Drag and Dynamic Maneuvering Forces on a Submersible (printable version) 

Both manned and unmanned underwater vehicles are widely used for research, equipment installation and maintenance, and as weapons. The increased sophistication and changes in operational environment of these systems have put a new emphasis on all aspects of design including hydrodynamic performance. The problem of designing submarine vehicles for low drag and good handling and stability has been the subject of many studies dating back to the beginning of the last century. These vehicles need to be both maneuverable and easy to control. Traditionally submersibles have been designed with extensive model testing in which the hydrodynamic forces are determined in a series of static experiments. These forces are then characterized by hydrodynamic coefficients and which are then used in relatively simple computer simulation in which the forces assumed to be functions of the coefficients and parameters such as speed, angle of attack, etc. The nonlinear nature of the means that the coefficients are not constant over a wide range of attitudes and speeds so many experiments are required for the initial characterization. This approach is time consuming and ignores the added mass effects due to acceleration. In a recent study (Reference 1) AcuSolve™ was used to calculate the forces on a standardized submarine hull shape DARPA SUBOFF) over an extensive range of conditions. Two hull configurations were tested, a bare hull as shown in and a hull with sail and appendages as shown in Figure 1. The predicted force resultants and flow details were compared with laboratory experiments for static configurations (constant attitude and speed). In addition, dynamic simulations were used to demonstrate the importance of added mass effects.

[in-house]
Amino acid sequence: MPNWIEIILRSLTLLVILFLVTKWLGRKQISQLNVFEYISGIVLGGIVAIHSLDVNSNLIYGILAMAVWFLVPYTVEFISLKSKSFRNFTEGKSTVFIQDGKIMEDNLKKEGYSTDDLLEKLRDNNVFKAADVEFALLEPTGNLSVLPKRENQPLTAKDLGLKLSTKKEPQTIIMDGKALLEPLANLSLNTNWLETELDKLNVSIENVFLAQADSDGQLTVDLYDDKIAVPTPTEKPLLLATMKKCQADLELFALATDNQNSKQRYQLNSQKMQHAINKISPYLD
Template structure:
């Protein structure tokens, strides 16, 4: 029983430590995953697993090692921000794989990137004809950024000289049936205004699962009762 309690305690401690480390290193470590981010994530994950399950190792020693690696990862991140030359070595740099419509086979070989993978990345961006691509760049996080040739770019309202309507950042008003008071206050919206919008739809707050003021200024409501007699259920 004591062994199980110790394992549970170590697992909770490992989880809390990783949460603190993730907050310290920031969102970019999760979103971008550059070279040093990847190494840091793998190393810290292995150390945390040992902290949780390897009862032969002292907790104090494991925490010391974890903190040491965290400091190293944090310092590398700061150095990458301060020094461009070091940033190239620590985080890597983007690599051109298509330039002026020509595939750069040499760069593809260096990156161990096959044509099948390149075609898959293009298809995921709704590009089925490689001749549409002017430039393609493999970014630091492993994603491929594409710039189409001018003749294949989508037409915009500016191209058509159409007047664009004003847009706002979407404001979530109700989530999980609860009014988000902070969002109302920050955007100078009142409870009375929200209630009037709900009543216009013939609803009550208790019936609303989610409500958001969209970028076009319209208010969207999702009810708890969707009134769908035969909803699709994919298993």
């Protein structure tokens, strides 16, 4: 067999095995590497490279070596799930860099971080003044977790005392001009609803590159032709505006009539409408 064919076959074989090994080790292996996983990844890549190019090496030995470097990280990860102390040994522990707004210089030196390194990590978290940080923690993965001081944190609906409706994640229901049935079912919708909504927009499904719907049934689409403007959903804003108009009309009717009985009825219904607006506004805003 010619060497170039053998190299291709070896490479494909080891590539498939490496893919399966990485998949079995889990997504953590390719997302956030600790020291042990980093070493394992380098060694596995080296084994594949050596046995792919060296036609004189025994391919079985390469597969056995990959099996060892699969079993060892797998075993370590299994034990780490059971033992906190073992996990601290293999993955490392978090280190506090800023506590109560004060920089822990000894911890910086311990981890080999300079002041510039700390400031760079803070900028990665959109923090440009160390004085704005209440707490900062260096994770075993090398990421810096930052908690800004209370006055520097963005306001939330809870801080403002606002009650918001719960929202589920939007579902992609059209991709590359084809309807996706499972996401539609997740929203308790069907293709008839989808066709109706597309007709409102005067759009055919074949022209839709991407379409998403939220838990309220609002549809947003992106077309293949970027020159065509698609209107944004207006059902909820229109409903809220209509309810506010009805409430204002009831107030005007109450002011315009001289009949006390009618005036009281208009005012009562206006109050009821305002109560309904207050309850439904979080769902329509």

Because the end objective is to use AcuSolve to predict the dynamics response of the submersible including dynamic effects such as eddies and added mass effects all of the simulations were completed using Spalart's Delayed Detached Eddy Simulation (DDES) model.
In addition, AcuSolve's wall function implementation is used to reduce problem size and all meshes were generated using AcuConsole for reduced problem turnaround time. Problem size was 2.08M nodes for the bare hull geometry and 2.25M nodes for the full SUBOFF geometry. Both meshes used AcuSolve's fluidfluid interface with a cylindrical inner mesh so that pitch can be changed dynamically without distorting the mesh. The comparisons with experiments examined both the overall forces on the model which are used to determine the maneuvering coefficients and also the surface pressures and skin friction as well as the flow field around the model under static conditions. Figures 2 and 3 compare the surface pressure and skin friction predicted by AcuSolve with measurements made in the model experiments at a Reynolds number of 14 million. 

Figure 2. Comparison of predicted and measured surface pressure on bare hull 

Figure 3. Comparison of predicted and measured skin friction on bare hull 

The SUBOFF experimental data includes extensive measurements of the resultant forces for a wide range of angles of attack. These are well predicted in the AcuSolve simulations. For example Figure 4 shows the axial force (thrust) and vertical force (lift) on the bare hull as a function of pitch angle as measured in the experiments and predicted by AcuSolve.  
Figure 4. Resultant forces on bare hull as a function of pitch angle 

Finally, dynamic calculations were used to demonstrate the importance of added mass and eddies in determining submersible response. In one simulation, the full SUBOFF is forced to undergo a simple diving maneuver in which the submersible smoothly pitches from 0 degrees (level) to 10 degrees downward and returns to 0 degrees. Figure 5 shows a visualization of the axial component of vorticity on several planes along the hull during the maneuver. This is a visualization of the vortex structures around the hull.  
Figure 5. Xvorticity components around hull during diving maneuver 

Figure 6 plots the pitching moment on the hull and compares it to a simple analysis based on the static data described earlier. This shows significant differences between the static and dynamics calculations.  
Figure 6. Pitching moment for dynamic calculations contrasted with that predicted by static hydrodynamic coefficients 

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